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Circuit Court Opinions:

Associate Justice Samuel M. Blatchford, Collins Co. v. Oliver Ames & Sons Corp. (1882)

Associate Justice Samuel M. Blatchford (1882–1893)

Collins Co. v. Oliver Ames & Sons Corp., 18 F. 561 (C.C.S.D.N.Y. 1882) [Second Circuit]

Congress passed the first federal statute regulating trademarks in 1870. In 1877, while serving as a judge of the U.S. District Court for the Southern District of New York, Blatchford heard La Societe Anonyme des Mines v. Baxter, a trademark dispute involving zinc oxide used for the manufacture of paint. The defendants had used the plaintiff’s trademark on their product, zinc oxide ground in oil. The plaintiffs, however, sold zinc oxide only in dry form and not ground in oil. Blatchford ruled that because the parties sold two different products, the plaintiff’s trademark had not been infringed. By way of analogy, Blatchford explained, a baker falsely stamping his bread with the trademark of a flour manufacturer would not be guilty of trademark infringement either. Such would be the case with any raw ingredient used in a manufactured product.

Five years later, while riding circuit as a justice of the Supreme Court (having served as a U.S. circuit judge in the interim), Blatchford heard Collins, a case somewhat similar to Baxter. In this case, the plaintiffs and the defendants were both manufacturers of agricultural tools. The defendants, Oliver Ames & Sons Corporation, had for many years been exporting to Australia shovels marked “Collins & Co.” The practice started when a dealer told the defendants he had received a large order from Australia for “Collins’ shovels” at a time when the Collins Company did not manufacture shovels. He asked the defendants to fill the order but to stamp the shovels with the Collins name.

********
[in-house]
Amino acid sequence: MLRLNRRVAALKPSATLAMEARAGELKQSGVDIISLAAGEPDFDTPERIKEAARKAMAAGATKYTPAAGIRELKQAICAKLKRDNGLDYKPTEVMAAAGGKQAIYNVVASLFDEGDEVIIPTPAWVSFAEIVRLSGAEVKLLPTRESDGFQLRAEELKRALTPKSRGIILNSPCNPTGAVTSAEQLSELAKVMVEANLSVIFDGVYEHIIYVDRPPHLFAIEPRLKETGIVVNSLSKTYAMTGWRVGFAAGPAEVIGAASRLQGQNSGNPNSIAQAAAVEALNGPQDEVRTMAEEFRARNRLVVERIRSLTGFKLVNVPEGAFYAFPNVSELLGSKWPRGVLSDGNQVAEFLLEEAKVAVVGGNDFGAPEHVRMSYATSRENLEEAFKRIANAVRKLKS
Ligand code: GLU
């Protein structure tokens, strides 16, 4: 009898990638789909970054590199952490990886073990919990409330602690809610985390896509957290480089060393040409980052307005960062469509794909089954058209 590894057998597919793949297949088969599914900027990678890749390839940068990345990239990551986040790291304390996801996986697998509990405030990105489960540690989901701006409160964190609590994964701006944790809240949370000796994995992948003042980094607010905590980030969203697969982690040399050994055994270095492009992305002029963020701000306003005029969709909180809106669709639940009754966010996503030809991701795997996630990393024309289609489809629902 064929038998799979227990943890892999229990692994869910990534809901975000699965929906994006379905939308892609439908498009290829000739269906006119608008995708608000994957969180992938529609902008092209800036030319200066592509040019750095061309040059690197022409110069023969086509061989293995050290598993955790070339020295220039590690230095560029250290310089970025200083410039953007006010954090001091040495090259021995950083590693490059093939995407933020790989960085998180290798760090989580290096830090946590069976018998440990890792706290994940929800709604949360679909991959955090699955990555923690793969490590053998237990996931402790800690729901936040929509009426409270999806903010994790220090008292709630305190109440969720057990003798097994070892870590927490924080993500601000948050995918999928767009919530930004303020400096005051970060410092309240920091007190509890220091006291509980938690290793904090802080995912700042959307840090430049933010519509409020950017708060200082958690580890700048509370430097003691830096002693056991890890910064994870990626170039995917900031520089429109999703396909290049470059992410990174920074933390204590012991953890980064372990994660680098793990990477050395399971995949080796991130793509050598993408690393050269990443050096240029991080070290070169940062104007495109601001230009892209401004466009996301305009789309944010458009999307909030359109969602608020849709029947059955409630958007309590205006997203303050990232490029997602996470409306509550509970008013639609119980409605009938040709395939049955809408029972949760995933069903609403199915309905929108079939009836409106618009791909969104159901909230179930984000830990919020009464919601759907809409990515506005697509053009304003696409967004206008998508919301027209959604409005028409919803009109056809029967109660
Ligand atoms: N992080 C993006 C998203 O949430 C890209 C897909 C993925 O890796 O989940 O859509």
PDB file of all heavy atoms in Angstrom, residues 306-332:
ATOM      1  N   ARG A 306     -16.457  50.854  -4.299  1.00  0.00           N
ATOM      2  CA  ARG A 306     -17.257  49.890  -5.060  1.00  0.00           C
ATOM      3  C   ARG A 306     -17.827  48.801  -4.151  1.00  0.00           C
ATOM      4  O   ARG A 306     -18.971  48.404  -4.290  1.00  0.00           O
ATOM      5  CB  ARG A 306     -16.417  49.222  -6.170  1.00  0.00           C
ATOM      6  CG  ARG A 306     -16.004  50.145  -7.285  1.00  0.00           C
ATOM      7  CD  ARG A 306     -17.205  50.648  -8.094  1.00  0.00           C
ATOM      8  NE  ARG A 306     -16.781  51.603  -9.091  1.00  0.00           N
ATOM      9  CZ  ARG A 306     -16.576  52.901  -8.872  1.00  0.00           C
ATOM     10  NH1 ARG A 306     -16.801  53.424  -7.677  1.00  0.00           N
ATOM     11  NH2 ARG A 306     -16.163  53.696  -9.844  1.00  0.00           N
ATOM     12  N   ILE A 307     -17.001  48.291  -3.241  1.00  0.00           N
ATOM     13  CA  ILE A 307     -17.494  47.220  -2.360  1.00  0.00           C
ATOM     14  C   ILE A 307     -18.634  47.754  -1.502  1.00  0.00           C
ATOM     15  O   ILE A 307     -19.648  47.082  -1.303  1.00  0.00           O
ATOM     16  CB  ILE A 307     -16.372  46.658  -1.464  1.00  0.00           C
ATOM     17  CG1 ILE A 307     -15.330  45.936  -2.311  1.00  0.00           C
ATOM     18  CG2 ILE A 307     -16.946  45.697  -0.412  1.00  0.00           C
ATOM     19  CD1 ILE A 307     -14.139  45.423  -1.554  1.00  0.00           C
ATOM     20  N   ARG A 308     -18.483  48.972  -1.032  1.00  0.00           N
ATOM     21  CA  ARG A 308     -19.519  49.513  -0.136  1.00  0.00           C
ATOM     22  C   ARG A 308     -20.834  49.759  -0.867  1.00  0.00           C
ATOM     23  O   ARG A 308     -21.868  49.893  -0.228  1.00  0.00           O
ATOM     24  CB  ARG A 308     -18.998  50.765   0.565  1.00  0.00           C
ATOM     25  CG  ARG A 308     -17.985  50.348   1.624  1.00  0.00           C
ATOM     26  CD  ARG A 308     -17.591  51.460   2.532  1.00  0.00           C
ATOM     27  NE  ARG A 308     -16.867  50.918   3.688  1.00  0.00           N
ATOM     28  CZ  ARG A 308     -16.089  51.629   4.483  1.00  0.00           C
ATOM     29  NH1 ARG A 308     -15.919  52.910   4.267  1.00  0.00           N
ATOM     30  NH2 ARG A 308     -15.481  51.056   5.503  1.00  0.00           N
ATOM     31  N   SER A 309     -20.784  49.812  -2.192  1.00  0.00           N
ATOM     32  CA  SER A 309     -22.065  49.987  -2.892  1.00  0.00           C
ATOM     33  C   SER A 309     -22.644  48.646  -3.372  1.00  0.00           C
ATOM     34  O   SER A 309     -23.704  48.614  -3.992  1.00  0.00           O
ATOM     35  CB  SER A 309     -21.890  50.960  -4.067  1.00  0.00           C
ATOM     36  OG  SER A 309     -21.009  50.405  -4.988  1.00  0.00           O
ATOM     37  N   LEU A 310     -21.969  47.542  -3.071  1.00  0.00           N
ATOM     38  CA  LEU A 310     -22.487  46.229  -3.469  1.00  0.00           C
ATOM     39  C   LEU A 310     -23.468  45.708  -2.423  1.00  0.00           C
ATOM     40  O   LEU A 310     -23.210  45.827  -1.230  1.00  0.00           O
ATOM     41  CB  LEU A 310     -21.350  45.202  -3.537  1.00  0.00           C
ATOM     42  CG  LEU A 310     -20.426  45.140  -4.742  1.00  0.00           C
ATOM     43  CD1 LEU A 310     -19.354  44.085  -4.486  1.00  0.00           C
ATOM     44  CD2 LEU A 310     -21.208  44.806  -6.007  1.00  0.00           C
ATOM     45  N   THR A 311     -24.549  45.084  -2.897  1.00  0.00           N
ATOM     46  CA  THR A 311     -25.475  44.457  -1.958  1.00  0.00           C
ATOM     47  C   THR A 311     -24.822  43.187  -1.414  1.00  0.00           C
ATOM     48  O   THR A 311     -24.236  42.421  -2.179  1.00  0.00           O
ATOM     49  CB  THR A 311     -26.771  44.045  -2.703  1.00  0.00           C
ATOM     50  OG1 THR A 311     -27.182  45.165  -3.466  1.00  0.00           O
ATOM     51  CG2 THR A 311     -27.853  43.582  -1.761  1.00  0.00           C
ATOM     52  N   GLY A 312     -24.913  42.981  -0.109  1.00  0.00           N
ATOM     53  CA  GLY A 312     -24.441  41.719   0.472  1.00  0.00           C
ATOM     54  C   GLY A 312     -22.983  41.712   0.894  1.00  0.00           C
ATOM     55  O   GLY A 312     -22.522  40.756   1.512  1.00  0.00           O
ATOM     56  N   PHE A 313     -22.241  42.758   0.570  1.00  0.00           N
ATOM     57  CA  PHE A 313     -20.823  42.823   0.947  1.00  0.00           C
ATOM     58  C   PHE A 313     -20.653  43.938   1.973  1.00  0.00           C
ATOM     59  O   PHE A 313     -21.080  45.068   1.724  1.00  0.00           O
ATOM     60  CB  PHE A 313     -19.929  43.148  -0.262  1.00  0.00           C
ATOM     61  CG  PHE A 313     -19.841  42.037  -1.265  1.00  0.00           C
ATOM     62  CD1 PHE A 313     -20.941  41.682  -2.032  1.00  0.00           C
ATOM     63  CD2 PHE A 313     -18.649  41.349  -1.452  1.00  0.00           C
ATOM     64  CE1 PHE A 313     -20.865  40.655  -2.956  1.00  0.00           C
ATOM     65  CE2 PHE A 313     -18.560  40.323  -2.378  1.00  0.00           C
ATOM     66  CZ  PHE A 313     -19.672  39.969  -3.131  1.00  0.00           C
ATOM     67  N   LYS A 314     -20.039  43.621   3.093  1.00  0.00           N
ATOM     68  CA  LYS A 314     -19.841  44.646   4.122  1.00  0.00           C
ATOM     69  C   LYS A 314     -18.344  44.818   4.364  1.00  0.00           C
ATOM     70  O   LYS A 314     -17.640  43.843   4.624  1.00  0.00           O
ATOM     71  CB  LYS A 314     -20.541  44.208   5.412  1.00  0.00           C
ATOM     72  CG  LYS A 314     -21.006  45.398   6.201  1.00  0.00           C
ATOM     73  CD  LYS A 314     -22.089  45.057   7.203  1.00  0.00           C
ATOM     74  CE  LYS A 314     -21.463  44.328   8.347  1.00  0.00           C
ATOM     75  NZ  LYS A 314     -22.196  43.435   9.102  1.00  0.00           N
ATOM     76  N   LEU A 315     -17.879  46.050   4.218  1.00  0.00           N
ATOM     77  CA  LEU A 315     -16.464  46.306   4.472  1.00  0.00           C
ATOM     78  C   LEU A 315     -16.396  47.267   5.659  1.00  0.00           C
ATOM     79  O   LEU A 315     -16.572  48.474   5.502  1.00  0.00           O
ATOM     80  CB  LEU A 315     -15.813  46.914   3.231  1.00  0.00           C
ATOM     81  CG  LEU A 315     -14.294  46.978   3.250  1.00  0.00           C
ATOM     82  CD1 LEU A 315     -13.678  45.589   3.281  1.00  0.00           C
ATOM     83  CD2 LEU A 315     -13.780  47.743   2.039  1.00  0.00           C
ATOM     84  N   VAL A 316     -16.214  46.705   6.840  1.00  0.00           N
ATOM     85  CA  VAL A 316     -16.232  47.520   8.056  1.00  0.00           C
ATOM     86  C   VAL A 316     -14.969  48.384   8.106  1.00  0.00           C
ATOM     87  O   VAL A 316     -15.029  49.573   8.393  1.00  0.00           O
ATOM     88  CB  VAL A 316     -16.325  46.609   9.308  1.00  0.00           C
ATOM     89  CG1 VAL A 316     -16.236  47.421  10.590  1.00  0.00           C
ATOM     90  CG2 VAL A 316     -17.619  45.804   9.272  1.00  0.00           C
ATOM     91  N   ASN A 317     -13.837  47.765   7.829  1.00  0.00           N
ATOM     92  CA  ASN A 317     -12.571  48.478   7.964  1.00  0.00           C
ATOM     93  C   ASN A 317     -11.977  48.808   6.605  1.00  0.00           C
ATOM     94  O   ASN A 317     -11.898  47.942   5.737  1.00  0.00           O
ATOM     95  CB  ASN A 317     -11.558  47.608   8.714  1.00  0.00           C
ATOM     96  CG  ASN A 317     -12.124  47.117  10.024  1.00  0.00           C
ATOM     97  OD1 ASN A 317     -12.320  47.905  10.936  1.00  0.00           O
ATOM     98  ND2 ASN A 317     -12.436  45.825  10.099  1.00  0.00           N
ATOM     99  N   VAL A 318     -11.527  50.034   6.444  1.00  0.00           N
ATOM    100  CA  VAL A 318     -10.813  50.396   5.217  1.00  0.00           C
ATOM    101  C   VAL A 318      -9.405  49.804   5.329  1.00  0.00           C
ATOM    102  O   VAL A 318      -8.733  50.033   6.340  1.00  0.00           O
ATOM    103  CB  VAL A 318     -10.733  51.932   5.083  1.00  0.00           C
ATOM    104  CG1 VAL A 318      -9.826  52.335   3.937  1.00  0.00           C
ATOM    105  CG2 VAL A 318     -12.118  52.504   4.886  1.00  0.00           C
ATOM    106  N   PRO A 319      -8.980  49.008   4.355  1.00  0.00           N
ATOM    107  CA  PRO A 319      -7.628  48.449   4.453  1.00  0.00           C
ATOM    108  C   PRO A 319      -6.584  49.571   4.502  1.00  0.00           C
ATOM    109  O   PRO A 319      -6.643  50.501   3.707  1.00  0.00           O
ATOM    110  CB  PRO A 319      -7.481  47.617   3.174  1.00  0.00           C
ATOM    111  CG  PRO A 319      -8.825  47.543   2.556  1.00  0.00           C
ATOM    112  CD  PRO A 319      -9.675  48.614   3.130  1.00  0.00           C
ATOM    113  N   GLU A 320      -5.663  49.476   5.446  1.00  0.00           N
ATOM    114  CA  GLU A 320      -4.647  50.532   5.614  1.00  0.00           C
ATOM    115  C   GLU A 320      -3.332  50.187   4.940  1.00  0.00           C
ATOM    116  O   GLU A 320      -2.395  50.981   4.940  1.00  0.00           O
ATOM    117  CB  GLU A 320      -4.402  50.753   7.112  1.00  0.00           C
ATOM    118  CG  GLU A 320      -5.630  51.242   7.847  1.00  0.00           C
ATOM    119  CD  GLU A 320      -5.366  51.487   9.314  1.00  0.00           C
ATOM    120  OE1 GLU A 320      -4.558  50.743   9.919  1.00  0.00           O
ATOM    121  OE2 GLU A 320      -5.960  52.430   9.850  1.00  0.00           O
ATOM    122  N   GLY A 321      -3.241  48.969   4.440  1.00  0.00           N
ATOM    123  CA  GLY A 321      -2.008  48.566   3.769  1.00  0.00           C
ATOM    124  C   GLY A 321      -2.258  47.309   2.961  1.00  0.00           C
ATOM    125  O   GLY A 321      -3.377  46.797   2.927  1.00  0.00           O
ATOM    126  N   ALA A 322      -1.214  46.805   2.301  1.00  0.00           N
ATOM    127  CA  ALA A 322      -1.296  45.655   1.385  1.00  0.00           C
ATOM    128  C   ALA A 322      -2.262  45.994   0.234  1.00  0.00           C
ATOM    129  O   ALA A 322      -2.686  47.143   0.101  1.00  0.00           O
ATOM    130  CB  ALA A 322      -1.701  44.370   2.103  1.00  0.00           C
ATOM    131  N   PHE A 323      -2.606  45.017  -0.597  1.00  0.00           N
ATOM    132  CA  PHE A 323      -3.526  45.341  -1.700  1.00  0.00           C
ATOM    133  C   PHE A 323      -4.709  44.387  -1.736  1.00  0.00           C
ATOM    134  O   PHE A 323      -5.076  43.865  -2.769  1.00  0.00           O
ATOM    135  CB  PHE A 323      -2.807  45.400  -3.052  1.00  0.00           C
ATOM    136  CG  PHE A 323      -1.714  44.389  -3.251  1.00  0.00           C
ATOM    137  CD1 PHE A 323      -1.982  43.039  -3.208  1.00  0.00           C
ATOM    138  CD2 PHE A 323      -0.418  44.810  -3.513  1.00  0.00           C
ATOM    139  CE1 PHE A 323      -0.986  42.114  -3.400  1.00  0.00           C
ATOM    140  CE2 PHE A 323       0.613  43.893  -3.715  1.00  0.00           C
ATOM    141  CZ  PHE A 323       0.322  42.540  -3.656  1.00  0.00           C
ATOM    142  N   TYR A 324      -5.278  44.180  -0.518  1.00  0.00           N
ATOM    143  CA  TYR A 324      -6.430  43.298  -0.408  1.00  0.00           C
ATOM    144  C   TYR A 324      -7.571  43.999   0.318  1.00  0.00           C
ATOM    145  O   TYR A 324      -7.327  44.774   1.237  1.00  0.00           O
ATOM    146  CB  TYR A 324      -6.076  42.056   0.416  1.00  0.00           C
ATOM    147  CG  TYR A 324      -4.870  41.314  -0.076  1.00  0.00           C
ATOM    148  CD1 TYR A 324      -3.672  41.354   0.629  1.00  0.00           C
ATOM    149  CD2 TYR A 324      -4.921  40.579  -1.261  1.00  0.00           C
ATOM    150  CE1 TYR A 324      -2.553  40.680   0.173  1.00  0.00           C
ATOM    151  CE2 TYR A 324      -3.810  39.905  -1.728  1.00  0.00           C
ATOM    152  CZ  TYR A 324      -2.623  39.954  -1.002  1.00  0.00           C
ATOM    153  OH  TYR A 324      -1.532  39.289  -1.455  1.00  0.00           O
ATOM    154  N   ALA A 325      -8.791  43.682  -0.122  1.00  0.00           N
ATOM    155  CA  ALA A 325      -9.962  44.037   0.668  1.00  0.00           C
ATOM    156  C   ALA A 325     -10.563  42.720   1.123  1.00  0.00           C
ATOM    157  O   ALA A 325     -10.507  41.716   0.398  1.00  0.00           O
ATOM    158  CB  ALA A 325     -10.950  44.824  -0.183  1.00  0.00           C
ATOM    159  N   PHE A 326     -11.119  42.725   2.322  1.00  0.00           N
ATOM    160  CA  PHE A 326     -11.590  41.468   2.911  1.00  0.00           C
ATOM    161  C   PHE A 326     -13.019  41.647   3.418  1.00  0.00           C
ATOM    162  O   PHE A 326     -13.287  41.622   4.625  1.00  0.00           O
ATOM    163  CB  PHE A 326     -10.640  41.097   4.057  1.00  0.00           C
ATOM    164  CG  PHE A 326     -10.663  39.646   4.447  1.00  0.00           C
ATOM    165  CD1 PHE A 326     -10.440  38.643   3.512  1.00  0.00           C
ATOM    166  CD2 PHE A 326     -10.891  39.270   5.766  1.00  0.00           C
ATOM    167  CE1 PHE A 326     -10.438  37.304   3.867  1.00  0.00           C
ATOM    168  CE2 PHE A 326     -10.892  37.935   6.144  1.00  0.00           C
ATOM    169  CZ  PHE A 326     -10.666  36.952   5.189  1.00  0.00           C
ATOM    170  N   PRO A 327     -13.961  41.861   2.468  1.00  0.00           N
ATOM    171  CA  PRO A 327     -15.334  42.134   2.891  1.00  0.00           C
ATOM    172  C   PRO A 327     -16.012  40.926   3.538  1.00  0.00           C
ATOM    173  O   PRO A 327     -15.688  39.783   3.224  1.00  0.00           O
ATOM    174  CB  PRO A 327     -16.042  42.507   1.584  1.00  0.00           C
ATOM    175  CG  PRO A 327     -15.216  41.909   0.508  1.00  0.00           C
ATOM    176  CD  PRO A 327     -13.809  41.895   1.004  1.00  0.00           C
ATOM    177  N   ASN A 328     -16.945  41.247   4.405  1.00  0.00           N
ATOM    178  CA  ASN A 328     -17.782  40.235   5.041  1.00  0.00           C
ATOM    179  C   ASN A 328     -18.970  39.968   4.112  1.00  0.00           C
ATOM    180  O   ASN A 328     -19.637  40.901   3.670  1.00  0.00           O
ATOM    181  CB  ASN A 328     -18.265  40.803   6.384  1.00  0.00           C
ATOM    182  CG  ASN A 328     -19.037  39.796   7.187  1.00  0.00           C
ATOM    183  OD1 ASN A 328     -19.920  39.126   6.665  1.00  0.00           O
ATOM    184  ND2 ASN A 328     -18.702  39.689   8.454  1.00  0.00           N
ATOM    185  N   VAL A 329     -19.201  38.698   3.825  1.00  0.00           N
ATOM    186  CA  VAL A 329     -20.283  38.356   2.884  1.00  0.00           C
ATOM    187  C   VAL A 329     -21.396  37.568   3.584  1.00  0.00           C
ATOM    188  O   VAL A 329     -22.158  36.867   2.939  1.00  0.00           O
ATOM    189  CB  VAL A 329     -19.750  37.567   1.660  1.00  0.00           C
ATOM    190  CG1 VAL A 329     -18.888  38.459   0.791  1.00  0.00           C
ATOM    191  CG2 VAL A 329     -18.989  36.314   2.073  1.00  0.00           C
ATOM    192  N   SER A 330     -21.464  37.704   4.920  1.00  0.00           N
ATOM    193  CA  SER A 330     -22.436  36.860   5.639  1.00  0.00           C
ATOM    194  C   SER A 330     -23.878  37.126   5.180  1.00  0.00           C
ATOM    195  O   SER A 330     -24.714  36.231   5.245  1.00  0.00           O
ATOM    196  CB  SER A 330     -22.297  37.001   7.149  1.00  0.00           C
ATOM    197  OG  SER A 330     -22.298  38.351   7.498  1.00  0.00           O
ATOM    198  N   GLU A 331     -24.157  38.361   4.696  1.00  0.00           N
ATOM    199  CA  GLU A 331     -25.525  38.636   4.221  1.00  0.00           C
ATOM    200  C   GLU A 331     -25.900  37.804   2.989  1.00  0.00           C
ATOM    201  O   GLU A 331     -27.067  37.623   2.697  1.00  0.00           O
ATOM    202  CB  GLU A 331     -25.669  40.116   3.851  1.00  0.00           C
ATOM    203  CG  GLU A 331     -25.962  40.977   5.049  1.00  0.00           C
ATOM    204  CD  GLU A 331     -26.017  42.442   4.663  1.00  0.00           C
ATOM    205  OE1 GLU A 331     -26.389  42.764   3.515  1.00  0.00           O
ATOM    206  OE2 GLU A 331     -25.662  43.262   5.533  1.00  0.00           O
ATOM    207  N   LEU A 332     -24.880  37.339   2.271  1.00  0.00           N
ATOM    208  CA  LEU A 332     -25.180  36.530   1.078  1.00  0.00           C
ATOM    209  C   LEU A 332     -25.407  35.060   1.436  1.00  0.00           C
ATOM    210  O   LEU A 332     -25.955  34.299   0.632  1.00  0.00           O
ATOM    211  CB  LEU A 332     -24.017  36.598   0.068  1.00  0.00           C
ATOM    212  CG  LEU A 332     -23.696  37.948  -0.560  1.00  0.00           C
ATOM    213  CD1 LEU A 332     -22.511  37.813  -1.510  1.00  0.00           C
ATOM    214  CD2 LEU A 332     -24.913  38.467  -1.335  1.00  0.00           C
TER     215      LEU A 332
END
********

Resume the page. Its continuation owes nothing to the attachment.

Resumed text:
Justice Blatchford, in contrast to his earlier opinion in Baxter, held that the defendants had infringed the plaintiffs’ trademark even before the plaintiffs began to make shovels. The brand “Collins & Co.” had acquired a favorable reputation in Australia for making other high-quality agricultural tools. The defendants’ only intent in using this name, Blatchford concluded, was to appropriate and profit from that reputation. The fact that the defendants manufactured many more shovels than the plaintiffs and began making them earlier did not give them the right to use the plaintiff’s trademark on any product. In 1936, Judge Learned Hand of the U.S. Court of Appeals for the Second Circuit cited Collins as the earliest example of what by then had become a well-settled rule—that a defendant could be held liable for trademark infringement even when selling goods different from a plaintiff’s products.